Uzbekistan and Rosatom to build joint nuclear power plant

Victoria Panfilova, columnist of Nezavisimaya Gazeta, specially for Vestnik Kavkaza
Uzbekistan and Rosatom to build joint nuclear power plant

Uzbekistan will be the first country in Central Asia to have a nuclear power plant. The agreement for construction can be signed already this autumn during the official visit of Russian President Vladimir Putin to Tashkent. Construction works will begin no later than 2019. Geographically, the nuclear power plant will provide energy to the west and the center of the country, which makes it more oriented towards industrial needs, especially given the powerful cluster in Navoiy, where the station is planned to be built.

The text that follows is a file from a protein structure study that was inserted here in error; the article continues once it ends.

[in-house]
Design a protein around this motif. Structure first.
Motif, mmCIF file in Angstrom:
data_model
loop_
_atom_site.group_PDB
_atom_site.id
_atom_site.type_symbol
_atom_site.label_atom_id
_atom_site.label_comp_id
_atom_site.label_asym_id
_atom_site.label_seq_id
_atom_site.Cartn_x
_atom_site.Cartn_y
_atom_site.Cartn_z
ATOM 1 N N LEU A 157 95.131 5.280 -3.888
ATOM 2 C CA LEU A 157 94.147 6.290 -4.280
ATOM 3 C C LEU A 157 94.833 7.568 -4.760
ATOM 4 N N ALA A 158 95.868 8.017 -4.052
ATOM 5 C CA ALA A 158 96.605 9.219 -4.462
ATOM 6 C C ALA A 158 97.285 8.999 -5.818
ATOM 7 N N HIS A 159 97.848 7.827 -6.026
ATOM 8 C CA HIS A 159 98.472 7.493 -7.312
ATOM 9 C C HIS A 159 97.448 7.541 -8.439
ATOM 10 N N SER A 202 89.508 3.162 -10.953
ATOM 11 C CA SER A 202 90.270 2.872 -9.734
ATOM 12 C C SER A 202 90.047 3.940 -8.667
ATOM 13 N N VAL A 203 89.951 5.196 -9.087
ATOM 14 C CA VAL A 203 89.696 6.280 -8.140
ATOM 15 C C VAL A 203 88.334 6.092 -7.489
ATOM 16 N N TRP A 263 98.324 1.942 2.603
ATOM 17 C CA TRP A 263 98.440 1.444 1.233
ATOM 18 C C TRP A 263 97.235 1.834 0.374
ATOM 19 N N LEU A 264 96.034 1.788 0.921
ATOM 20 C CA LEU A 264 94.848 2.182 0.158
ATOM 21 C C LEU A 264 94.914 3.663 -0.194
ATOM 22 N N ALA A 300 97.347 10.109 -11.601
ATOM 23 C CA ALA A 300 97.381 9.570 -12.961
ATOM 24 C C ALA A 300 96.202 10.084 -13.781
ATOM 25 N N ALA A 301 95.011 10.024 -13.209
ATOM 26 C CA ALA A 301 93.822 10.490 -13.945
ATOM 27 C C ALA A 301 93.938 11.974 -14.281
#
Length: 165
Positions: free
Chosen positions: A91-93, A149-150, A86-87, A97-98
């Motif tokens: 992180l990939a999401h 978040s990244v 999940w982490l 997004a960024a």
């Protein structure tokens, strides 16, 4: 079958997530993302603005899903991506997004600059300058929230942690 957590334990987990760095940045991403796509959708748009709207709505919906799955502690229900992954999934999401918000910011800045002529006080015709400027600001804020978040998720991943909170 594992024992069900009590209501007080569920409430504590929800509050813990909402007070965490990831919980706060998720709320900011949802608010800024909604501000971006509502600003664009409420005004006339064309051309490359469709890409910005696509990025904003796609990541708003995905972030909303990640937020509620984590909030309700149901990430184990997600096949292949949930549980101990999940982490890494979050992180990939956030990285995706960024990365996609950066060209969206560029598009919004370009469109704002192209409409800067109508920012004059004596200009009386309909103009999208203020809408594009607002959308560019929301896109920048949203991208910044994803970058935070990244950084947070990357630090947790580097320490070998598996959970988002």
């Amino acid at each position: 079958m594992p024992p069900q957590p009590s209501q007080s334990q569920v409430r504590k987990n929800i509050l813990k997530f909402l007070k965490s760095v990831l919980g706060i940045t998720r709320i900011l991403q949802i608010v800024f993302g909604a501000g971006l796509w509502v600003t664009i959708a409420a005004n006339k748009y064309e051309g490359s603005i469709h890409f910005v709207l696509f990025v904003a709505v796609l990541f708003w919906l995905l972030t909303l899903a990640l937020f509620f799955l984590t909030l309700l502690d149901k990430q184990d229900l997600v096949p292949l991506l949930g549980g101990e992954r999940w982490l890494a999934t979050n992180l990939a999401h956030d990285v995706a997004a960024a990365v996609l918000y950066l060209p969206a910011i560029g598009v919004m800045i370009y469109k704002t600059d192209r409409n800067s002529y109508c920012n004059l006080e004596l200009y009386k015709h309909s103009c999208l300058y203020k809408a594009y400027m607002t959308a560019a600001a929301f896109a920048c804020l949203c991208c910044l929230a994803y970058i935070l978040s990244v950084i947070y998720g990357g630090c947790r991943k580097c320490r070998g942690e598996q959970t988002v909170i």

Details of the NPP construction project were discussed in Tashkent during the talks between Uzbek President Shavkat Mirziyoyev and Director General of the State Atomic Energy Corporation Rosatom Alexei Likhachev. Likhachev told the reporters that the Uzbek side offered the Navoiy region as a site for a future nuclear power plant. "Only these days we leave and start gathering information. We agreed on the approaches to the project organization. In this case, there will be no clear role for the customer and the contractor. This is the approach when we build together when we build ourselves for ourselves. We apply this approach only in Russia and Belarus, when together with the government of the country we determine all aspects, including the cost of the project, we are jointly responsible for its implementation. It reduces the time frame, provides mechanisms that insure us from higher costs," Likhachev said. According to him, a modern nuclear infrastructure will be created in the republic. In particular, there will be a regulator, conventionally called Atomnadzor, which will monitor all work together with the Russian corporation, according to the four eyes principle.